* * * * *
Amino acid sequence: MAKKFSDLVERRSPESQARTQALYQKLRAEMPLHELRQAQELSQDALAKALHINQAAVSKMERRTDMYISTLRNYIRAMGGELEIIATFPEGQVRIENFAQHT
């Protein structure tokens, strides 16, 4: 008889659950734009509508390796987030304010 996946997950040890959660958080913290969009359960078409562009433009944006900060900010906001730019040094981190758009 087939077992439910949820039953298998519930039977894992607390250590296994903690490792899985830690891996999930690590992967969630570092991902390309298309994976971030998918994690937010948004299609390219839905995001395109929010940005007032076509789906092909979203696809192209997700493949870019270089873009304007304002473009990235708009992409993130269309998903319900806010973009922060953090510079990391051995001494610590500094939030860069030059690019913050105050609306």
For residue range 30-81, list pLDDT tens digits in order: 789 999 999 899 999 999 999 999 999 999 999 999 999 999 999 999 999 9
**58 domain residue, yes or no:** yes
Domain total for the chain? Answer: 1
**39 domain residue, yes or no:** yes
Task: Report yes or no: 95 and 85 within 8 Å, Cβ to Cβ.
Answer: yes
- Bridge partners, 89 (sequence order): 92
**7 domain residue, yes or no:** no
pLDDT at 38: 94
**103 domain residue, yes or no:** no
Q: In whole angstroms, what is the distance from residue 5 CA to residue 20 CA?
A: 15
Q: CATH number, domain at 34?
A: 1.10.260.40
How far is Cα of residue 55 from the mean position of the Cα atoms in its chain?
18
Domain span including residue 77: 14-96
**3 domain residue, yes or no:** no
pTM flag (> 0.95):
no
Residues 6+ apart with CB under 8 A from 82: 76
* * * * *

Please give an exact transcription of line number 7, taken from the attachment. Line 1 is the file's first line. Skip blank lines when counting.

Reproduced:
Task: Report yes or no: 95 and 85 within 8 Å, Cβ to Cβ.